The Tradeoff

In a high-performance naturally aspirated motor, airflow is key. Airflow to the cylinder is regulated via the lobes on the camshaft, which coordinates the opening of both the exhaust and intake valves via the egg-shaped profiles of the camshaft’s lobes. These lobes press on the rocker arms, which open the valves. Lobes with longer profiles press on the rockers more aggressively, opening them longer, and increasing airflow to the combustion chamber.

For the best performance possible toward redline, the engine needs the most airflow possible. This calls for a camshaft with a very aggressive cam profile—more air, more fuel, creating more power. Unfortunately, this has massive downsides elsewhere in the motor’s rev range.

The engine will idle roughly (this is audible in some high-performance cars as a choppy sound). It negatively affects low-end performance, as when the valves are open too long at low piston speeds, adequate pressure cannot build in the cylinder, meaning the combustion cycle weakens. If the valves are open too wide, airflow is significantly slower, and air-fuel mixing is hampered. On top of all of that, an aggressive cam makes fuel consumption very high, as the motor needs large amounts of fuel to avoid stalling.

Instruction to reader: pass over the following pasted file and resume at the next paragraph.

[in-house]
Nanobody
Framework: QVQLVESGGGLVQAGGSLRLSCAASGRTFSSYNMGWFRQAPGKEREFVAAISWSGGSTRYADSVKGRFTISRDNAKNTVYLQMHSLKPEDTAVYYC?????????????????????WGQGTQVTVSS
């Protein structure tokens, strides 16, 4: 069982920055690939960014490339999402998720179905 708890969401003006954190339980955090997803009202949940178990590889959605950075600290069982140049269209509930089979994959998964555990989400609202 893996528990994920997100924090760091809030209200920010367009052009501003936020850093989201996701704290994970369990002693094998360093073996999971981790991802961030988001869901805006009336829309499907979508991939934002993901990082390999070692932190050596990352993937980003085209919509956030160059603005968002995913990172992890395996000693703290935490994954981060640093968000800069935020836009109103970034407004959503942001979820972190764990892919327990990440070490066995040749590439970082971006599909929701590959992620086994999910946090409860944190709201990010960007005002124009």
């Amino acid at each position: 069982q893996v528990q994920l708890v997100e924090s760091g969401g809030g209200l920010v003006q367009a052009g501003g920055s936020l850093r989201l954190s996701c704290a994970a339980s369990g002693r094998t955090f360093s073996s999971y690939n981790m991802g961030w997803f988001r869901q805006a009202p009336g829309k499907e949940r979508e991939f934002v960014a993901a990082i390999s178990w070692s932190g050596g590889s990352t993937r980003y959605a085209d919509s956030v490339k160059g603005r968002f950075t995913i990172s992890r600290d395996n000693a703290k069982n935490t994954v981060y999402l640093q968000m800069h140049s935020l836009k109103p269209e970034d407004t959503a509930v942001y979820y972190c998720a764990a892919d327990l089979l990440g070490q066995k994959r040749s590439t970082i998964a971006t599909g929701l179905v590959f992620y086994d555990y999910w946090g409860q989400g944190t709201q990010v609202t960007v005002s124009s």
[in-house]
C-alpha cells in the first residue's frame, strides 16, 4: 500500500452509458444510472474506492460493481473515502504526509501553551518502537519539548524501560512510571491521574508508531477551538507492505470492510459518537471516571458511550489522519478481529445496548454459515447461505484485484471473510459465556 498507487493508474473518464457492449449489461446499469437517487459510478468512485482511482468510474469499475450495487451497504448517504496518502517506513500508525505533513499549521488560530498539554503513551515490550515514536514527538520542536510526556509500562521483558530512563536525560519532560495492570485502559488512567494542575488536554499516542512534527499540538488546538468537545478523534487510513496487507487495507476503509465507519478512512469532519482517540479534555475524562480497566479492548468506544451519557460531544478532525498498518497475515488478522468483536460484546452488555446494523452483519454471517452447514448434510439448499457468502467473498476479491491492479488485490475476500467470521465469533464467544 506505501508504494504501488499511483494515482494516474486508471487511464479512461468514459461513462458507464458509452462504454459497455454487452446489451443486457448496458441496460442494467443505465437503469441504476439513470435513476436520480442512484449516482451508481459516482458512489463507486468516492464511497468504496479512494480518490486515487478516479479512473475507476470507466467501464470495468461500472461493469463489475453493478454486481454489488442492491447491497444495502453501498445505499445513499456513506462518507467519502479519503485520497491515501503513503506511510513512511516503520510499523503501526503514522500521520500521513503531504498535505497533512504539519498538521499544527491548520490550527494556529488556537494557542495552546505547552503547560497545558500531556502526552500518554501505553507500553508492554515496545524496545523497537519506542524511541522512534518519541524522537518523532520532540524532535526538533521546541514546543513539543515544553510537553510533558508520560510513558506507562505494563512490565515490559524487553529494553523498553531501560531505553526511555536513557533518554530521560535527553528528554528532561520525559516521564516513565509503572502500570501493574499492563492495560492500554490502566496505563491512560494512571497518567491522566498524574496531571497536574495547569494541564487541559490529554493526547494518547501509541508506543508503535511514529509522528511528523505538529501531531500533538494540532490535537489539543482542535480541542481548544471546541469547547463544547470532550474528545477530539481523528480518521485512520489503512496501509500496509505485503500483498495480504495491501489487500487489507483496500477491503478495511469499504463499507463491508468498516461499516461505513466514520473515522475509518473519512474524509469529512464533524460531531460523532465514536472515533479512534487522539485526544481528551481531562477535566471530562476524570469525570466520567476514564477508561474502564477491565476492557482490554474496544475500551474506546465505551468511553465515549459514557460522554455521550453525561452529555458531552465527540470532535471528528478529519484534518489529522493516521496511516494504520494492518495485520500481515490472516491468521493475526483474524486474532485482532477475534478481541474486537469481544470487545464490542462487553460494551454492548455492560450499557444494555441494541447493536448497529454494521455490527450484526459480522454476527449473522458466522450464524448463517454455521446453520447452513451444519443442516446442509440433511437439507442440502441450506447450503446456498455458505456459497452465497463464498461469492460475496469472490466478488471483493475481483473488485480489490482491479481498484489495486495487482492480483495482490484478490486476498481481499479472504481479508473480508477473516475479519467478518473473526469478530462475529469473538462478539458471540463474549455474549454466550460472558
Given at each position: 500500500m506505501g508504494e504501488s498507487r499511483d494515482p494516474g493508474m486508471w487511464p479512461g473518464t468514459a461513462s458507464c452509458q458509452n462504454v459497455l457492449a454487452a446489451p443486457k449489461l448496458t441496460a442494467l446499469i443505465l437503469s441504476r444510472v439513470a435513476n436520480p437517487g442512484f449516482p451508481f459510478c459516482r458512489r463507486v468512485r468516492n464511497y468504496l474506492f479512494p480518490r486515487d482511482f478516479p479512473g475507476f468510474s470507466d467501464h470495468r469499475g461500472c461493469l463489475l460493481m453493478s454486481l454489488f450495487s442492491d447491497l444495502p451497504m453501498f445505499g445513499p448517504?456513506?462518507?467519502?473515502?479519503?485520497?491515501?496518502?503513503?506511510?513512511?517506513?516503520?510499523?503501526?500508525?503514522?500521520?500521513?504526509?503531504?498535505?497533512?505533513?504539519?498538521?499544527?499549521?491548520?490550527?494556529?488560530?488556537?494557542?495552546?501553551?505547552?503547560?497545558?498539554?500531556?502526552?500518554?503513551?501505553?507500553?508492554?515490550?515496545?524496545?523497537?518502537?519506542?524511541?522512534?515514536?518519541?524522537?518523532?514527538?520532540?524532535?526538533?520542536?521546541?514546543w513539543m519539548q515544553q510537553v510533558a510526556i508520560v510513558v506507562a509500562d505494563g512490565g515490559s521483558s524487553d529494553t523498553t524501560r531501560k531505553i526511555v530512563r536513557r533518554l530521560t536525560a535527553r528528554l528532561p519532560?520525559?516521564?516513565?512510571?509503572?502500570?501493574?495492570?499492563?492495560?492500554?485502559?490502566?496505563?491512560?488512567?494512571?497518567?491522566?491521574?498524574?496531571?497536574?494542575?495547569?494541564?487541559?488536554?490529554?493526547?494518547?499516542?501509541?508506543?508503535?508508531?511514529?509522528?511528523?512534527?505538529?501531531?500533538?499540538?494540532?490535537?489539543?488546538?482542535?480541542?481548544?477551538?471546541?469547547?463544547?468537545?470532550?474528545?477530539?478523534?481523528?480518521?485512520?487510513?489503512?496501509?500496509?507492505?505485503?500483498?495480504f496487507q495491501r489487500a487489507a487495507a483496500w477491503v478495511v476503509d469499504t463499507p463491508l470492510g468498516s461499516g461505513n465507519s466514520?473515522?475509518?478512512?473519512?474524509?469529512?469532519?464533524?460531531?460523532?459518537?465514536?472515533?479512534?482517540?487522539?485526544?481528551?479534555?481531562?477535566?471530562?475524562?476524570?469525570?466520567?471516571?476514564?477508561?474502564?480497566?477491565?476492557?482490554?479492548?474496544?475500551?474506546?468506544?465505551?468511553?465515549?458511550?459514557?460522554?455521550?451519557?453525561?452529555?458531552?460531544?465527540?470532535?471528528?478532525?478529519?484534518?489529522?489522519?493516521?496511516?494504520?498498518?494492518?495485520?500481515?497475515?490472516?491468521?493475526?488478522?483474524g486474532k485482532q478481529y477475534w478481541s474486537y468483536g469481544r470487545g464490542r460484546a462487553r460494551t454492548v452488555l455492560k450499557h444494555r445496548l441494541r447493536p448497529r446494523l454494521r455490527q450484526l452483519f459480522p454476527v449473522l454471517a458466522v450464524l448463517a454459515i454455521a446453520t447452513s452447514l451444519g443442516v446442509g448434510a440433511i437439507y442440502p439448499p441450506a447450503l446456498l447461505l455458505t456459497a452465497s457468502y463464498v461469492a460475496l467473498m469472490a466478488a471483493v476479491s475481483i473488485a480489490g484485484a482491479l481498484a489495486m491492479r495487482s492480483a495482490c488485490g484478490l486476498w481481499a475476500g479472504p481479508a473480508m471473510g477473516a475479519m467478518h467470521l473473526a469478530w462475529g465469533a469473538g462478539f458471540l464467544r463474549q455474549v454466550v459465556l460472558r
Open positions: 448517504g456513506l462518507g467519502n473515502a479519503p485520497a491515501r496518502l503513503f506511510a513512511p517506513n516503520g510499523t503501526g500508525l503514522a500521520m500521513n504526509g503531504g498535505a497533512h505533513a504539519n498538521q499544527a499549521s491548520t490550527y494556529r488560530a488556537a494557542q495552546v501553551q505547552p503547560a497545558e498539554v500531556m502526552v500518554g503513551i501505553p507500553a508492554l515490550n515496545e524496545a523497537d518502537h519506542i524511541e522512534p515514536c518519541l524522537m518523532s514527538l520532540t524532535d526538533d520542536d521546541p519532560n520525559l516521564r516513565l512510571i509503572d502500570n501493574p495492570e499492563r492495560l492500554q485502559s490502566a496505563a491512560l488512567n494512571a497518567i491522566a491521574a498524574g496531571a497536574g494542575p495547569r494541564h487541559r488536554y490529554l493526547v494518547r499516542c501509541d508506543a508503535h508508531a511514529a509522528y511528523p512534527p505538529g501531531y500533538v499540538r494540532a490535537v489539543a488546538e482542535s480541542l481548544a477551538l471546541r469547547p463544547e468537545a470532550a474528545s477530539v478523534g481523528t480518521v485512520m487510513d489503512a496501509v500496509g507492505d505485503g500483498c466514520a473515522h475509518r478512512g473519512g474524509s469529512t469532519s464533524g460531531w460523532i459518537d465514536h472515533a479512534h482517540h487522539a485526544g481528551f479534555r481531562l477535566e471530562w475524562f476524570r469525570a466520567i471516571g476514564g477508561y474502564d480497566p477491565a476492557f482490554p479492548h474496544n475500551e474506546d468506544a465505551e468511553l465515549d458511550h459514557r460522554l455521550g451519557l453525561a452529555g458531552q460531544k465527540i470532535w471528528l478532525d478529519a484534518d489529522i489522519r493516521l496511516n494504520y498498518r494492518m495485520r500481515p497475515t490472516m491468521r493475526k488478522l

A smaller, more reasonable cam solves all these problems, but it does so at the loss of top-end power, which is where naturally aspirated engines possess their greatest appeal vs. turbocharged cars. In 1989, Honda released a motor meant to bridge the gap.

Honda VTEC illustration

The Solution

Honda’s solution, which debuted on the 1989 Honda Integra (in Japan), was ingenious and remarkably simple. The camshaft has two sets of lobes: one aggressive, one casual. At low RPMs during relaxed driving, only the unaggressive lobes actually press against the rockers. The larger lobe spins with the rest of the camshaft but does not press against anything.